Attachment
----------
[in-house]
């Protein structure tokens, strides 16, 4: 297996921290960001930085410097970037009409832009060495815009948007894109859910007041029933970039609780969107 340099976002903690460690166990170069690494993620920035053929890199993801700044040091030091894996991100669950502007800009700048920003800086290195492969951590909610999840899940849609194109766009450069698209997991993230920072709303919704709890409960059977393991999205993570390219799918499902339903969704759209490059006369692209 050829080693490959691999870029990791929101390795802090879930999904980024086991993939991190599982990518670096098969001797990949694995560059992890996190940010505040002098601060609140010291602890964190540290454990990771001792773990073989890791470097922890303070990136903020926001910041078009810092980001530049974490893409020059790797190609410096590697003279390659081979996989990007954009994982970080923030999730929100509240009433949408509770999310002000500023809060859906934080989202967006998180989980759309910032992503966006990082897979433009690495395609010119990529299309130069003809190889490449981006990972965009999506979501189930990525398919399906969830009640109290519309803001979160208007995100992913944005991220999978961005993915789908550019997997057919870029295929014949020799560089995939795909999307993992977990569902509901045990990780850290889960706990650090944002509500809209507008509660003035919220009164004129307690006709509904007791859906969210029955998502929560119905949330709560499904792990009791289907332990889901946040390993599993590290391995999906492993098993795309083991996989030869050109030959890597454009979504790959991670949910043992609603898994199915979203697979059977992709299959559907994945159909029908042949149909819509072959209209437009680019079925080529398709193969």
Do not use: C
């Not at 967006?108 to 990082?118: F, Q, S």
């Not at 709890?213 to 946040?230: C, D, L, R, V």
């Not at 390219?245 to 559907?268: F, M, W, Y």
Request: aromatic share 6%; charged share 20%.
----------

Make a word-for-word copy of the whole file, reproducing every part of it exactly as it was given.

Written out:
[in-house]
């Protein structure tokens, strides 16, 4: 297996921290960001930085410097970037009409832009060495815009948007894109859910007041029933970039609780969107 340099976002903690460690166990170069690494993620920035053929890199993801700044040091030091894996991100669950502007800009700048920003800086290195492969951590909610999840899940849609194109766009450069698209997991993230920072709303919704709890409960059977393991999205993570390219799918499902339903969704759209490059006369692209 050829080693490959691999870029990791929101390795802090879930999904980024086991993939991190599982990518670096098969001797990949694995560059992890996190940010505040002098601060609140010291602890964190540290454990990771001792773990073989890791470097922890303070990136903020926001910041078009810092980001530049974490893409020059790797190609410096590697003279390659081979996989990007954009994982970080923030999730929100509240009433949408509770999310002000500023809060859906934080989202967006998180989980759309910032992503966006990082897979433009690495395609010119990529299309130069003809190889490449981006990972965009999506979501189930990525398919399906969830009640109290519309803001979160208007995100992913944005991220999978961005993915789908550019997997057919870029295929014949020799560089995939795909999307993992977990569902509901045990990780850290889960706990650090944002509500809209507008509660003035919220009164004129307690006709509904007791859906969210029955998502929560119905949330709560499904792990009791289907332990889901946040390993599993590290391995999906492993098993795309083991996989030869050109030959890597454009979504790959991670949910043992609603898994199915979203697979059977992709299959559907994945159909029908042949149909819509072959209209437009680019079925080529398709193969």
Do not use: C
């Not at 967006?108 to 990082?118: F, Q, S």
């Not at 709890?213 to 946040?230: C, D, L, R, V």
């Not at 390219?245 to 559907?268: F, M, W, Y």
Request: aromatic share 6%; charged share 20%.